In 1911, tomorrow is the opening of the high school baseball season with a game at West End Park between the Champaign High School team and LeRoy High School. Champaign has been practicing daily and is determined to avenge the basketball defeat at the hands of LeRoy.
In 1961, Catholic schools in the Diocese of Peoria will have a 15-minute longer school day next year. Champaign-Urbana Catholic pupils, however, will not be affected because they already are going to school longer than the five-hour minimum. Holy Cross School students have a 51/2-hour day. St. Mary’s School students have 5 hours and 20 minutes of school.
Rep. Tim Johnson and NPR.
From Wednesday's column ...
One sharp reader recalled that U.S. Rep. Tim Johnson, R-Urbana, gave a ringing endorsement to public broadcasting in 2005 when it was faced with cuts in federal funding.
Indeed, Johnson was a member of the House Public Broadcasting Caucus and stated at the time, “As a lifelong resident of this district, my entire family has grown up with the benefits of public television. I’ve been working in the U.S. Congress for the past 41/2 years to make sure these programs are fully funded, and today’s (June 23, 2005) vote indicates some of that work paid off.”
That was then. It’s a different story now, said Johnson spokesman Phil Bloomer.
“We live in a different world now,” Bloomer said. “We didn’t have these astronomical deficits then. We didn’t have a $14 trillion debt. This is just one small piece of the pie. This spending has to be attacked throughout the spectrum.”
Johnson’s vote against funding for National Public Radio last week wasn’t about ideology, Bloomer said. “It’s about spending, pure and simple. There will be more votes like that, every week they’re in session.”
The NCAA's double standard
From the Sporting News ...
During its football games, FSU still has a student dressed as Chief Osceola riding onto the field on a horse, planting a flaming spear into the turf.
That’s not hostile and abusive, but Chief Illiniwek, the former Illinois mascot who used to dance at halftime of its football games, was?
Where does the NCAA actually stand on this? What was it after?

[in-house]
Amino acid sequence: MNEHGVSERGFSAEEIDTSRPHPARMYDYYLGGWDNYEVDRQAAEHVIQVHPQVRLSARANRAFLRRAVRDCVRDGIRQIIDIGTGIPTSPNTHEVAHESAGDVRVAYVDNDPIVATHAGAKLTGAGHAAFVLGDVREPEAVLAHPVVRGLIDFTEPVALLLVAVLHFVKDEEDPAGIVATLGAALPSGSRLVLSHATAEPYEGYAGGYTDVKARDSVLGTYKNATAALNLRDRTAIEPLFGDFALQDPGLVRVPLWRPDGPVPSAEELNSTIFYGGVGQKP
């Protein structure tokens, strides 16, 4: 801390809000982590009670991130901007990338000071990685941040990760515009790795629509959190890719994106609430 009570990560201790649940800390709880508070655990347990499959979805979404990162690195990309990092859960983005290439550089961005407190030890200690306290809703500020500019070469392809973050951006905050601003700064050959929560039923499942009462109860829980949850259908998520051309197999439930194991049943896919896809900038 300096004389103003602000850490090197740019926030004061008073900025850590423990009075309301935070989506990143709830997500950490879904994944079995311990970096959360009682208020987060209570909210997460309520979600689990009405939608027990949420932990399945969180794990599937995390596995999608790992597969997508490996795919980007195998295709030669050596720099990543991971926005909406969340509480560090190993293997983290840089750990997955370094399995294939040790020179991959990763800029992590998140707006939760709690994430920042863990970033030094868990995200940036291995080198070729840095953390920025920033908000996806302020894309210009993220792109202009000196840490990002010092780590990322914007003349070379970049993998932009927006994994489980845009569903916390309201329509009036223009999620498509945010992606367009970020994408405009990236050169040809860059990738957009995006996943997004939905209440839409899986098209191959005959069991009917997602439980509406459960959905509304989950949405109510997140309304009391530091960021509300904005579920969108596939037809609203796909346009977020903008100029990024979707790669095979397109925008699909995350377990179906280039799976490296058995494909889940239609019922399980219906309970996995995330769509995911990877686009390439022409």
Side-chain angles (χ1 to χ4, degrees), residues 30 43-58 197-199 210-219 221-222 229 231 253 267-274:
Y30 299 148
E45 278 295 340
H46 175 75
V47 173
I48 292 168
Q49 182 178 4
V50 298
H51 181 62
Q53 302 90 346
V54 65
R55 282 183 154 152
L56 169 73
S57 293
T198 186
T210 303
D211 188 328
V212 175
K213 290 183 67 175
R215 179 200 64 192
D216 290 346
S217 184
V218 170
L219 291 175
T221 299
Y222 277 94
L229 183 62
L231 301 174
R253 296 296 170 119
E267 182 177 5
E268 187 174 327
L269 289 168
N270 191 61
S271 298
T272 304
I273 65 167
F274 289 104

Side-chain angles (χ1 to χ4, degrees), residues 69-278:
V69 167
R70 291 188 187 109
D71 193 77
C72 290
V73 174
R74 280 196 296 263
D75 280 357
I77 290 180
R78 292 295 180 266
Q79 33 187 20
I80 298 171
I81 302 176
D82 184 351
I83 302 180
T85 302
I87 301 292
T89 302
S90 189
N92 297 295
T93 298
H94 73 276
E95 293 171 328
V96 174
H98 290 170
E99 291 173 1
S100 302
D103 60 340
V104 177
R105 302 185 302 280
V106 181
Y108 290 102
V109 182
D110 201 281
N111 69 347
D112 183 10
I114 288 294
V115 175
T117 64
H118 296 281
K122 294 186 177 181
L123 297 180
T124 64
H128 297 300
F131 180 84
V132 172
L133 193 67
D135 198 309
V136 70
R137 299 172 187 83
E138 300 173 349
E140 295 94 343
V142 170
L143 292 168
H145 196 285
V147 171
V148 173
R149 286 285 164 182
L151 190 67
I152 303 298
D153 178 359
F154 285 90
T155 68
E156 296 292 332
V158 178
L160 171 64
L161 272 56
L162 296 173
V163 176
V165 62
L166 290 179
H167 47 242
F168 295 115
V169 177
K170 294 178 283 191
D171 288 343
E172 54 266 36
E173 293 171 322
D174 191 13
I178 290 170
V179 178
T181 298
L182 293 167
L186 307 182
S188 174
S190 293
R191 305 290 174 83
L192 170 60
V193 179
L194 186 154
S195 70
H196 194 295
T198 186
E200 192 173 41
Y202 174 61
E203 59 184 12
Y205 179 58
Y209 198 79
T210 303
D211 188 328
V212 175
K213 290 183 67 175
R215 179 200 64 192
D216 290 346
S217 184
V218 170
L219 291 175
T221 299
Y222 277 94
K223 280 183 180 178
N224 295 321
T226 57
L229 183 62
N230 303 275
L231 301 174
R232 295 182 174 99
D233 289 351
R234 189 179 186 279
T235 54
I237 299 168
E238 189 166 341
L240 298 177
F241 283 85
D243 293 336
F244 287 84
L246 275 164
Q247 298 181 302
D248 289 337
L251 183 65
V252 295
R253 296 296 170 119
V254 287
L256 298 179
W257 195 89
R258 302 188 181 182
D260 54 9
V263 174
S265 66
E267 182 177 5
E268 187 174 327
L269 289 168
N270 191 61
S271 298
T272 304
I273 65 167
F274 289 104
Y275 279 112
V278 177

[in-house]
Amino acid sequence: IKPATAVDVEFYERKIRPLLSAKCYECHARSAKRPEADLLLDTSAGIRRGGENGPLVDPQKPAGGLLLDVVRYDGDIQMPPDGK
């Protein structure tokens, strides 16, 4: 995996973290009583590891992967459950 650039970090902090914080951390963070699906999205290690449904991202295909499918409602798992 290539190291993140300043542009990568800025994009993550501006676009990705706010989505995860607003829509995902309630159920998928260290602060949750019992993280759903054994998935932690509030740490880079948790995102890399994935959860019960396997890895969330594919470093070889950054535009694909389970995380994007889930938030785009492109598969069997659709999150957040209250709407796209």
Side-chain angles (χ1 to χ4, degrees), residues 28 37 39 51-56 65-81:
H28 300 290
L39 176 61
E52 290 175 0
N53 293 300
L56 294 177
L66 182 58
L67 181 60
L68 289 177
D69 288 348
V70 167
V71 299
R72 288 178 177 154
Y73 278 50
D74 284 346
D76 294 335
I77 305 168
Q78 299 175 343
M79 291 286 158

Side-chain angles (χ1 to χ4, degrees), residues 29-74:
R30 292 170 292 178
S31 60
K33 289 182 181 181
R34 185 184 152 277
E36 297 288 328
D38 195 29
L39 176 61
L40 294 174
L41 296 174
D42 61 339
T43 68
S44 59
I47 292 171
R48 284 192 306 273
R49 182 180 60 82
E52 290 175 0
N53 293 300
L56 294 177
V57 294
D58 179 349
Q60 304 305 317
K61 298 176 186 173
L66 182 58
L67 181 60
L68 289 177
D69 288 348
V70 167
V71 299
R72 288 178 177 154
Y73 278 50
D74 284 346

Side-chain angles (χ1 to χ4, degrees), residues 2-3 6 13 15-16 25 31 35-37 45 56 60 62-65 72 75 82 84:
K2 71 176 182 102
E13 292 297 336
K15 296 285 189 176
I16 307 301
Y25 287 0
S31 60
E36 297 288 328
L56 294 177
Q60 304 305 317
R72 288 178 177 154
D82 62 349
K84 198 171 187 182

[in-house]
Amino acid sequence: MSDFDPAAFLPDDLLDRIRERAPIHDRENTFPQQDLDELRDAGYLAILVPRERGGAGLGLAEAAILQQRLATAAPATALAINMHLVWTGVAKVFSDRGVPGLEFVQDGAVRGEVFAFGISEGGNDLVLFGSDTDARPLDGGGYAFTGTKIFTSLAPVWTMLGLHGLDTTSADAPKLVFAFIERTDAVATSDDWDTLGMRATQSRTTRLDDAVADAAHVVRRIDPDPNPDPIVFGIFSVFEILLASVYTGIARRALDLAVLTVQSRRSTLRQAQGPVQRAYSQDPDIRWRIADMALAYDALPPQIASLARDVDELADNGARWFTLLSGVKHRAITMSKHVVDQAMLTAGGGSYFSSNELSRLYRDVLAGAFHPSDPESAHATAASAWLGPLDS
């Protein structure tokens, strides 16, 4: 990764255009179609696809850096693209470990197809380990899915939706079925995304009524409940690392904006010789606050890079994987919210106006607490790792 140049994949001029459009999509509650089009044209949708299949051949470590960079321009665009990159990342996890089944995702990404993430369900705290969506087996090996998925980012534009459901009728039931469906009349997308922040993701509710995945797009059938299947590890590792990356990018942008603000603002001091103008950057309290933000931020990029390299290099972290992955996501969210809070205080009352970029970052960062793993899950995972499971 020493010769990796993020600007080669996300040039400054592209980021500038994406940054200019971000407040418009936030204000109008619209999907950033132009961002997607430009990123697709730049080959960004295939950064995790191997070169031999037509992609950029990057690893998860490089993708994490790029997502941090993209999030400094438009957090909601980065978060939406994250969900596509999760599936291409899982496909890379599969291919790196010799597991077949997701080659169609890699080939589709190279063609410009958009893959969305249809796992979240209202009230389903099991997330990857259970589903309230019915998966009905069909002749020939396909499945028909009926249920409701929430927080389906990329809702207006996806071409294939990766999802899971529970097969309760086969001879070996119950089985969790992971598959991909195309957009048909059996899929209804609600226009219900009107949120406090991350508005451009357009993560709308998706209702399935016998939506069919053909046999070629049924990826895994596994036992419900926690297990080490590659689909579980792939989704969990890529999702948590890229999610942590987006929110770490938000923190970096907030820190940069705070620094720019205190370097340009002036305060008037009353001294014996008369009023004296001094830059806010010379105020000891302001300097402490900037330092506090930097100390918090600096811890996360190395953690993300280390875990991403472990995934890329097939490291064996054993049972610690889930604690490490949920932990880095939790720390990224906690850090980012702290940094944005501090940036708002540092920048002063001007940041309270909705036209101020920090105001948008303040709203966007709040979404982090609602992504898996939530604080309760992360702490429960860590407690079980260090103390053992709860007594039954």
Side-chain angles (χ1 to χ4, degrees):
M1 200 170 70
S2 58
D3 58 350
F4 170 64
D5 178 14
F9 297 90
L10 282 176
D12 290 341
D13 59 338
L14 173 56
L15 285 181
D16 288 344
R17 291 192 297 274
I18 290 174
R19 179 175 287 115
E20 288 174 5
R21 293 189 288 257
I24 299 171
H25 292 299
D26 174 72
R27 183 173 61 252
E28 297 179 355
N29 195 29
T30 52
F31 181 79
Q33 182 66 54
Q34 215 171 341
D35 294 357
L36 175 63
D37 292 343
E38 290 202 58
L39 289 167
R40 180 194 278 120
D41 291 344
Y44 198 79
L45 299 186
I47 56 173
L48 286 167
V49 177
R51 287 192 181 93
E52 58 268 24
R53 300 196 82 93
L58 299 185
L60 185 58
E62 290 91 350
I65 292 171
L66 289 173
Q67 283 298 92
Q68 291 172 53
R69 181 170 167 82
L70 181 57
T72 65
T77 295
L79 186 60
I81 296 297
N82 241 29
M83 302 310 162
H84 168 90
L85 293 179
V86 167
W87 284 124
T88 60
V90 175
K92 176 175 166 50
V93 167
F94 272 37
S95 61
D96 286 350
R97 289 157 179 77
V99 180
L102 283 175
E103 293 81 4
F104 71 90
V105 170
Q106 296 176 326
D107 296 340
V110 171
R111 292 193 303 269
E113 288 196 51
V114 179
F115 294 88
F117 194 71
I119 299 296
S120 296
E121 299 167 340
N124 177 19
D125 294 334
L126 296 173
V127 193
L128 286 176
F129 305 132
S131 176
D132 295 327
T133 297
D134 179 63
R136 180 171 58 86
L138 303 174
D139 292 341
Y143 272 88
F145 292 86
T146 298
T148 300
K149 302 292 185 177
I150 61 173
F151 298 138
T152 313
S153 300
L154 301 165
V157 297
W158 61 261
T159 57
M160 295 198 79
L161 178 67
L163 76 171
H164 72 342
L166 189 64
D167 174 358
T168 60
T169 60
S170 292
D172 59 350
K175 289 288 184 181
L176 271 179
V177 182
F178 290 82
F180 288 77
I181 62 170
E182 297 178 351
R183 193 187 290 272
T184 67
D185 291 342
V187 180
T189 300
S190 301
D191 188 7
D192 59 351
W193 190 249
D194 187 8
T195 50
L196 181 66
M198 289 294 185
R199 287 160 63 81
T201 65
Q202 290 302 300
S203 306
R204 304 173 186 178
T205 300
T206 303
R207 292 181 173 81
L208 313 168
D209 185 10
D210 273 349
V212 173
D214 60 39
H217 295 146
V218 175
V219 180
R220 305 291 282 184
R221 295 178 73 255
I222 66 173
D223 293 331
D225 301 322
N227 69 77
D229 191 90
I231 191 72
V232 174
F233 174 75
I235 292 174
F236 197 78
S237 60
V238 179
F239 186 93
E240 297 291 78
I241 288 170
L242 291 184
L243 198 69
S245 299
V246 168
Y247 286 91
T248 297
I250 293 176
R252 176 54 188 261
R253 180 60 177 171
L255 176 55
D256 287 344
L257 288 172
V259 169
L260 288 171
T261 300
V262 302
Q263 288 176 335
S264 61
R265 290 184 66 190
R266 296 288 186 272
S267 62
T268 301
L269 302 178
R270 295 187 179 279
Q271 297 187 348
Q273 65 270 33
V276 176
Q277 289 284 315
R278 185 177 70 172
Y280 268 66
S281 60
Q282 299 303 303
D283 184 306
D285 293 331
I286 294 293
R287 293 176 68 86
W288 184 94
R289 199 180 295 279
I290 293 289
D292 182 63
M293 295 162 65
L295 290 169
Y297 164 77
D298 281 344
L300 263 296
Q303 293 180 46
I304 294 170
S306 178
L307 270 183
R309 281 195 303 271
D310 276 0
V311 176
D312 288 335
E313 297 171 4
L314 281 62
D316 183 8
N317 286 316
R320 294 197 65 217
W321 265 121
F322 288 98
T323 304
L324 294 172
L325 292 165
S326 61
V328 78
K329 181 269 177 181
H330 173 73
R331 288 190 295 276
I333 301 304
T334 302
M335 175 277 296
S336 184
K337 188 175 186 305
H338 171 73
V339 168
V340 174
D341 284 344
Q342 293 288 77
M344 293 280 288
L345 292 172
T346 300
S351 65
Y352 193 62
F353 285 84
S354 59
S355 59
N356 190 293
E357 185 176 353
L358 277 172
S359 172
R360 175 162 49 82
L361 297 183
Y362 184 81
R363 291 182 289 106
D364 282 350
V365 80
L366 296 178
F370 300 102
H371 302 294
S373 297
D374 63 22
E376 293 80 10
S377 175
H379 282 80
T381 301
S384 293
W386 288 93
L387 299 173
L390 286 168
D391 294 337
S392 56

The reason Florida State hasn’t had to change is because it has approval from a local Seminole tribe. Well, that’s the official reason. Really, it’s that Florida State is too big, too important to college football. Not to mention, the school’s relationship with the tribe is a financial one.
It helps a big, powerful football program to make money.
So it’s not hostile and abusive when they do it. It’s business.
Another reason why sports/athletics is good for you
From The New York Times ...
Success varied. “Over all, there was an 85 percent completion rate,” in which students made it to the other side of the road without incident, said Laura Chaddock, a graduate student at the university and lead author of the study. Failure meant impact — thankfully virtual.
The student athletes completed more successful crossings than the nonathletes, by a significant margin, a result that might be expected of those in peak physical condition. But what was surprising — and thought-provoking — was that their success was not a result of their being quicker or more athletic. They walked no faster than the other students. They didn’t dash or weave gracefully between cars. What they did do was glance along the street a few more times than the nonathletes, each time gathering slightly more data and processing it more speedily and accurately than the other students.
“They didn’t move faster,” said Art Kramer, the director of the Beckman Institute and a leader in the study of exercise and cognition, who oversaw the research. “But it looks like they thought faster.”
Exodus from Detroit worse than St. Louis'
From The New York Times ...
Laying bare the country’s most startling example of modern urban collapse, census data on Tuesday showed that Detroit’s population had plunged by 25 percent over the last decade. It was dramatic testimony to the crumbling industrial base of the Midwest, black flight to the suburbs and the tenuous future of what was once a thriving metropolis.
It was the largest percentage drop in history for any American city with more than 100,000 residents, apart from the unique situation of New Orleans, where the population dropped by 29 percent after Hurricane Katrina in 2005, said Andrew A. Beveridge, a sociologist at Queens College.
The number of people who vanished from Detroit — 237,500 — was bigger than the 140,000 who left New Orleans.
The Illinois State Water Survey reports that the temperature was 73 degrees at 1:48 p.m. Wednesday. By 7:02 a.m. today -- less than 18 hours later -- it was 30 degrees.